On her last voyage, Ural Maru had departed Singapore bound for Takao in Taiwan and had called on Kuching and Miri in Japanese-occupied Sarawak, where she loaded Japanese wounded, nurses and a number of "comfort women". In addition there were ten unusual passengers – Indian National Army cadets of Indian origin on their way to Japan for military training. Only one of them, Bishan Singh, died in the sinking. One of the survivors, Ramesh S. Benegal, went on to become an officer in the Indian Air Force in independent India and retired as an Air Commodore. He provided a first-person account of the sinking of the Ural Maru in his book "Burma to Japan with Azad Hind - A War Memoir". The complement of passengers is also based on his account. 
Ural Maru was torpedoed in the South China Sea and sunk on 27 September 1944 by the American submarine USS Flasher (SS-249) approximinately 240 kilometres (150 mi) west of Luzon at coordinates (Coordinates: )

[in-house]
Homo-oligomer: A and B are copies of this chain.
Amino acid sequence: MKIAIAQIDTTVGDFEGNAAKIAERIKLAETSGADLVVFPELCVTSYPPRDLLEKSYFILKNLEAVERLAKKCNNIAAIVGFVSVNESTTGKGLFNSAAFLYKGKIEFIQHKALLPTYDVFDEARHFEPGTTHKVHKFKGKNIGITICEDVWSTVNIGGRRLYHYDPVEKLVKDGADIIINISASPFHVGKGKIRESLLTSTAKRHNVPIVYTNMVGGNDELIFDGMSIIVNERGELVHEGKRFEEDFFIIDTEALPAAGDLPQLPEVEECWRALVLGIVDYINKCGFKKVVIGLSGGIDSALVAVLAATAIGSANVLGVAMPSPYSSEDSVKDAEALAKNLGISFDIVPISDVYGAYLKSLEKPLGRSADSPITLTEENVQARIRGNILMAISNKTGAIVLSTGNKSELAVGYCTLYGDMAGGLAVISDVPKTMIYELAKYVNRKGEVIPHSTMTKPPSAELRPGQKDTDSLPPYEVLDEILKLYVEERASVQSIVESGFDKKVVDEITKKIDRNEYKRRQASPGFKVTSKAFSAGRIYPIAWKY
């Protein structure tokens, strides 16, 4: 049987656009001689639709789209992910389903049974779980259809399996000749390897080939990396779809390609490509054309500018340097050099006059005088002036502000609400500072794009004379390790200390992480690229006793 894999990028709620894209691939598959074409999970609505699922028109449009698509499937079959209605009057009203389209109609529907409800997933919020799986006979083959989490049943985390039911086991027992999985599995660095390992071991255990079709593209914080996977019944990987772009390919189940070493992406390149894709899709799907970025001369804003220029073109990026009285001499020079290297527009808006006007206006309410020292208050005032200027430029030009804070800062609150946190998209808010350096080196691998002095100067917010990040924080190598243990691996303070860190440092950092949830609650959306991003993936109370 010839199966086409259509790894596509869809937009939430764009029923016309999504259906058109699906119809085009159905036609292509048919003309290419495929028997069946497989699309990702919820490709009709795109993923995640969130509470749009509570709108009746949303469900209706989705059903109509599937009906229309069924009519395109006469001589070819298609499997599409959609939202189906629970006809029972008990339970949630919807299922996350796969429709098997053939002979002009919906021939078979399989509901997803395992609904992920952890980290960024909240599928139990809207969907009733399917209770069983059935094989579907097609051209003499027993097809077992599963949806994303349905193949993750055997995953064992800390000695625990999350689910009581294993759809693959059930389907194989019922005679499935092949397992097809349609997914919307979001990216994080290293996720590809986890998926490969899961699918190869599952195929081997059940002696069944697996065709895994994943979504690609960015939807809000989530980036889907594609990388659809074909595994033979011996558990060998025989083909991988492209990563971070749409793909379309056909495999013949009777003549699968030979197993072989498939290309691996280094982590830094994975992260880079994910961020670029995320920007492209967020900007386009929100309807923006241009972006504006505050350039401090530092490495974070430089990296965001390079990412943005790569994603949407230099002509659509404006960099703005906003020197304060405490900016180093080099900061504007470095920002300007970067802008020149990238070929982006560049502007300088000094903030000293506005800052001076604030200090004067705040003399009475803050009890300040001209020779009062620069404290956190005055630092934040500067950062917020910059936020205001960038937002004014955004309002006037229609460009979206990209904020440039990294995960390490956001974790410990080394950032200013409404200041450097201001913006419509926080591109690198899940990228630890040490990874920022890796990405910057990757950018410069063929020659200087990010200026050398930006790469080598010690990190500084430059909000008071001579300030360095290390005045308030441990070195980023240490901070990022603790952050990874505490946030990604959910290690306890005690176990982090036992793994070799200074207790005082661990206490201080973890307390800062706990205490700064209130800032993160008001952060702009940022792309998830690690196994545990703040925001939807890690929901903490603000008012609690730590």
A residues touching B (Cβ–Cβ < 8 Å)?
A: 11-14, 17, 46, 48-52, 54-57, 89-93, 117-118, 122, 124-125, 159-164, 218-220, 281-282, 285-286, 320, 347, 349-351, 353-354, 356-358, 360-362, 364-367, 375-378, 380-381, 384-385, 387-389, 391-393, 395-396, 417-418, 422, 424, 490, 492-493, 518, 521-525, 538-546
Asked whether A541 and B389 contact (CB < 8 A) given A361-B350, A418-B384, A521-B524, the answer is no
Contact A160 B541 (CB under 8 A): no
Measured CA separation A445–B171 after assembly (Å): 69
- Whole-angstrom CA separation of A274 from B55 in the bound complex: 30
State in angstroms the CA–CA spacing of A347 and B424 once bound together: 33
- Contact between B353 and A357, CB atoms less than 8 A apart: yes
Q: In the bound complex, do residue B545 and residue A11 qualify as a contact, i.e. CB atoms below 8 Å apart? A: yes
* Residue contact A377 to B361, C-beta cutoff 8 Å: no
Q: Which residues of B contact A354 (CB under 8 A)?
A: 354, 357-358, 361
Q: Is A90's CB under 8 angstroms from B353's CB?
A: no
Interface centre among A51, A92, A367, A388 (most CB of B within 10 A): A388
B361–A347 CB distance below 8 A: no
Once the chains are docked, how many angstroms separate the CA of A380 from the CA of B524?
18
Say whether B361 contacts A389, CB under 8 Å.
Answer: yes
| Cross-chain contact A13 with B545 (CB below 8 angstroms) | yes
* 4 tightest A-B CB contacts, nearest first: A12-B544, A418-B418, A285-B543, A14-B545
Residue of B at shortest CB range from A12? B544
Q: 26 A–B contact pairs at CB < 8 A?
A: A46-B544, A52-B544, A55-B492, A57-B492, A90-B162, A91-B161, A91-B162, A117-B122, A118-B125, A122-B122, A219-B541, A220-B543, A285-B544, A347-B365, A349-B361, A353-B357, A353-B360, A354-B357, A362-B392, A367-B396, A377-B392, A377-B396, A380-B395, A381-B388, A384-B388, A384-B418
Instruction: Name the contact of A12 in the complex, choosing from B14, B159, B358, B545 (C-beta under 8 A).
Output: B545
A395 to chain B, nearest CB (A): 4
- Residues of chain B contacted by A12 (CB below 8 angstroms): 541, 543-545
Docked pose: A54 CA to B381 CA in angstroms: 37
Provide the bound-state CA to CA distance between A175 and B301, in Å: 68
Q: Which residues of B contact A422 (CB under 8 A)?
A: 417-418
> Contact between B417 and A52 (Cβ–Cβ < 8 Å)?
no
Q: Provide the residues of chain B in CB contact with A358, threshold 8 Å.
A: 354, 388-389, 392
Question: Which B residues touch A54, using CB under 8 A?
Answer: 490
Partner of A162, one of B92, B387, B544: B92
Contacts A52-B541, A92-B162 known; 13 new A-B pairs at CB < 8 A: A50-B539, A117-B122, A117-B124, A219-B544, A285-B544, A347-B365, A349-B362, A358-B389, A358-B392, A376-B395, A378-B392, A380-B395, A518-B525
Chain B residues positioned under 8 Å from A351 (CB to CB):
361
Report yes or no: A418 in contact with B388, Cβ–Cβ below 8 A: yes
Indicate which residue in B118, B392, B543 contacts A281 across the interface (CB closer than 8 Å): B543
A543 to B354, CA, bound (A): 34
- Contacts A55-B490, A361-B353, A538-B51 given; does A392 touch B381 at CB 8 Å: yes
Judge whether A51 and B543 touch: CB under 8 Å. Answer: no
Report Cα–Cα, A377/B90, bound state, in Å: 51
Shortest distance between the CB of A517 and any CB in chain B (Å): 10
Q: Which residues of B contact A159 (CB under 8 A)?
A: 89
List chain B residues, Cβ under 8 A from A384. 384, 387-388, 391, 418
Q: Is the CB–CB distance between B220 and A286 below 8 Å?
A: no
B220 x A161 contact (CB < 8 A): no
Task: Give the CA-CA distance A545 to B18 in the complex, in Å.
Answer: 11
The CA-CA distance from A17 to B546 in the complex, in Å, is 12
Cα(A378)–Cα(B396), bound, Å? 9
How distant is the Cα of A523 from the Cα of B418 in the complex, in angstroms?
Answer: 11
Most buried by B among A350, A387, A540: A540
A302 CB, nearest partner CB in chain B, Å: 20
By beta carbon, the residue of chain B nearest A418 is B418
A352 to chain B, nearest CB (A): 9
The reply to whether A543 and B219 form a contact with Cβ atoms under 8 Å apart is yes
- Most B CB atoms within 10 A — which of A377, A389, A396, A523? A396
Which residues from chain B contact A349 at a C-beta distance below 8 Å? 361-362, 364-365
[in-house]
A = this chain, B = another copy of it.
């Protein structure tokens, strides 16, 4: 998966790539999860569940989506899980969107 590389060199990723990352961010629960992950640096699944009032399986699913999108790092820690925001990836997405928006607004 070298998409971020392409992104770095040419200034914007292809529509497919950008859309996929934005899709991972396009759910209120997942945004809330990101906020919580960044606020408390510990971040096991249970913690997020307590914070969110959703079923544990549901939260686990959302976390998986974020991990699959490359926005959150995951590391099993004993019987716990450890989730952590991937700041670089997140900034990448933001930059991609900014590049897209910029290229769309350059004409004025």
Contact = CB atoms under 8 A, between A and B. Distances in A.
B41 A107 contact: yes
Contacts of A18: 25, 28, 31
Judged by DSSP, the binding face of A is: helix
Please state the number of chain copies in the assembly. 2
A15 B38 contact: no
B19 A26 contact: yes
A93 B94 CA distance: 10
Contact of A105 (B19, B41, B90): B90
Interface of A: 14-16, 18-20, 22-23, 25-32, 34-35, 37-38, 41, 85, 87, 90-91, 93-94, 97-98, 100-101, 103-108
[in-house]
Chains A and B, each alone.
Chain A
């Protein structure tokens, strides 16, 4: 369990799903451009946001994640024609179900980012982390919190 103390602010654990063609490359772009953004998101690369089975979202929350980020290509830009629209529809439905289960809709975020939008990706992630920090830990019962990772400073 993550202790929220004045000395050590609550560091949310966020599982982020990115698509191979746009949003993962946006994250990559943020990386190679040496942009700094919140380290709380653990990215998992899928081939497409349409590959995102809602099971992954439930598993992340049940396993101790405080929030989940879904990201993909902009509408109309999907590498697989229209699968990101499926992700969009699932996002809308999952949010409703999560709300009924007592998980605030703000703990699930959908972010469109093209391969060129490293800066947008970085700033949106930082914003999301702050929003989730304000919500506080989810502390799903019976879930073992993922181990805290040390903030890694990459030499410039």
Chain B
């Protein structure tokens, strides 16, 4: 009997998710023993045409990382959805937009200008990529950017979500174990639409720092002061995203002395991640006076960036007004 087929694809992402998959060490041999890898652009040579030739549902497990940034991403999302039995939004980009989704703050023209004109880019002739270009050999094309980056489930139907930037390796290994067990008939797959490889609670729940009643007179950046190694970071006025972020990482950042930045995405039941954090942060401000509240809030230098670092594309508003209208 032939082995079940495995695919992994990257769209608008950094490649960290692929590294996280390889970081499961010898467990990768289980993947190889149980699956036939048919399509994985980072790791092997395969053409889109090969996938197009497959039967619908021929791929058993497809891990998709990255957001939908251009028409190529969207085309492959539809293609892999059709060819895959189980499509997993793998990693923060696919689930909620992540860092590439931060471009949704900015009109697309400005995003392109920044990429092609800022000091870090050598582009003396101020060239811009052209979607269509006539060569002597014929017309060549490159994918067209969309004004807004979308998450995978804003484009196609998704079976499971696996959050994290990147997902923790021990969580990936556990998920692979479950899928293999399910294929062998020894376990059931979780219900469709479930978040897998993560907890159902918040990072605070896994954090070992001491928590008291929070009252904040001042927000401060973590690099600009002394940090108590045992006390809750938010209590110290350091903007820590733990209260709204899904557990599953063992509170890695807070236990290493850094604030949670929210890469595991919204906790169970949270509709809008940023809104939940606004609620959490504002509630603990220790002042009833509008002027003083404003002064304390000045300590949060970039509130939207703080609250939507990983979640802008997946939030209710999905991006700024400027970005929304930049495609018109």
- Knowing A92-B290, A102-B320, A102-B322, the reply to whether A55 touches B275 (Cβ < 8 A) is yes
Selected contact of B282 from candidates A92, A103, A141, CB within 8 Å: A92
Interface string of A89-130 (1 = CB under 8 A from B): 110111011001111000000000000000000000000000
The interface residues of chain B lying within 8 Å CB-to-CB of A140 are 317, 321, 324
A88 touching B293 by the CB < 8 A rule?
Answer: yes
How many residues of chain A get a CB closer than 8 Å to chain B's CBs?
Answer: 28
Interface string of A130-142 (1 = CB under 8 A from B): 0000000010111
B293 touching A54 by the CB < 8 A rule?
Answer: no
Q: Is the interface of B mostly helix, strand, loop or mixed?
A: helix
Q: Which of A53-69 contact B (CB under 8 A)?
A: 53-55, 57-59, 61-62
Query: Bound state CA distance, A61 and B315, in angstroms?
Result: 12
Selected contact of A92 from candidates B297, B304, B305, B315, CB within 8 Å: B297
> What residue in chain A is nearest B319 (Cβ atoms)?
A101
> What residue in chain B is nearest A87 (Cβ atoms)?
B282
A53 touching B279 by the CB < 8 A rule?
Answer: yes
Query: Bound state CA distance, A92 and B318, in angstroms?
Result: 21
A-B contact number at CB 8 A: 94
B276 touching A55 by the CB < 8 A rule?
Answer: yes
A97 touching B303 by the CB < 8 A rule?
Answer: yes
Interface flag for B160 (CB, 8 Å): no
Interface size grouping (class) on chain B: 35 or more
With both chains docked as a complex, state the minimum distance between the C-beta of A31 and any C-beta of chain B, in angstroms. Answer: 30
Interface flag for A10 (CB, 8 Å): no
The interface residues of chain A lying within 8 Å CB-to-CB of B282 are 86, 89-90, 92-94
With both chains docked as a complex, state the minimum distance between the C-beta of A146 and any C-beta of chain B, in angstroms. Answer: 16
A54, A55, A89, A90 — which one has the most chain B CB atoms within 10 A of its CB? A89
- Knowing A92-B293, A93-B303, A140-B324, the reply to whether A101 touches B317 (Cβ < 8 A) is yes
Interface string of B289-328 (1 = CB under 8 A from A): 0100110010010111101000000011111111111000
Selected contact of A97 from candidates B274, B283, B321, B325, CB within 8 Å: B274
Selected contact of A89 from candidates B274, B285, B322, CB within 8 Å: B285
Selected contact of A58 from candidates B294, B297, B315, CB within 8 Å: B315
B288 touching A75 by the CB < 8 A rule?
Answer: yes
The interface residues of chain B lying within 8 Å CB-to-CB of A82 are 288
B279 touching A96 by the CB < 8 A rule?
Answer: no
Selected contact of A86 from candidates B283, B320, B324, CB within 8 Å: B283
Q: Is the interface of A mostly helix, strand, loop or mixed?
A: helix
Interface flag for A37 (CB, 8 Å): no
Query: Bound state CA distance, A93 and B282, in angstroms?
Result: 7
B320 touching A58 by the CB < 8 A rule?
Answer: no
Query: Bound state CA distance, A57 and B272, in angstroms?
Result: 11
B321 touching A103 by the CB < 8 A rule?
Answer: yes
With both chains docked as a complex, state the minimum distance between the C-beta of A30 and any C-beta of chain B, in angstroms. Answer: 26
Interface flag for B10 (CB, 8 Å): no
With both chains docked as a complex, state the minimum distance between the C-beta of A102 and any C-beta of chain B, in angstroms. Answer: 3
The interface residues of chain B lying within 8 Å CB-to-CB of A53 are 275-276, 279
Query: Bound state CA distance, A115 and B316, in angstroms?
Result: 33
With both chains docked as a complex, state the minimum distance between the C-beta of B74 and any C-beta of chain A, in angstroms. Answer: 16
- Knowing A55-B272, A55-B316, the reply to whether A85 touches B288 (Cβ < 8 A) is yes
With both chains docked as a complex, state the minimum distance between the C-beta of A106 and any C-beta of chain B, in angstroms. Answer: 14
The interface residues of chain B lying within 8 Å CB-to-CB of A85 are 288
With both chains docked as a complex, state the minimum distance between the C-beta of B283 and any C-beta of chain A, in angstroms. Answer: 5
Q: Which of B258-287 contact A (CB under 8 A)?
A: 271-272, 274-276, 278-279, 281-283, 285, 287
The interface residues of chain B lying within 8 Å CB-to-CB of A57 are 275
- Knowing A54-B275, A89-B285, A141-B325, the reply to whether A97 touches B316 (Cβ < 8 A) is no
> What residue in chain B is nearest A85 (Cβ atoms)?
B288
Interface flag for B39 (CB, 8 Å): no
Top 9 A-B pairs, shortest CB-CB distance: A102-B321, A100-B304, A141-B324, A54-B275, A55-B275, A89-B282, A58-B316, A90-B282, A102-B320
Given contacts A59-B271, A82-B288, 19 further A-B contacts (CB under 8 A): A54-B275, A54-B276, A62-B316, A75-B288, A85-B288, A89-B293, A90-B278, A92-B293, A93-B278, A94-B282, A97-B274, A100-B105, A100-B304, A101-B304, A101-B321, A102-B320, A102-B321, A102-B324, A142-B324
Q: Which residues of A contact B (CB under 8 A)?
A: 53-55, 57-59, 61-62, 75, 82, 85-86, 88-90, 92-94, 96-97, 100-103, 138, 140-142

As narrated by Ramesh S Benegal in his book, it was around eight in the morning when they were about to start their breakfast, when there was a loud explosion. The uneaten bowls of soup fell over and there was another explosion some distance away from the ship. Then they heard sirens and screaming. He exited hastily to the deck. He saw a thick cloud of smoke billowing from another ship of the convoy about a mile away; but the smoke was so thick that the ship was not visible. The Ural Maru began to list. He was unaware about the extent of damage but soon it was announced on the loudspeakers to prepare to abandon ship. The passengers began to help each other to put on their life jackets.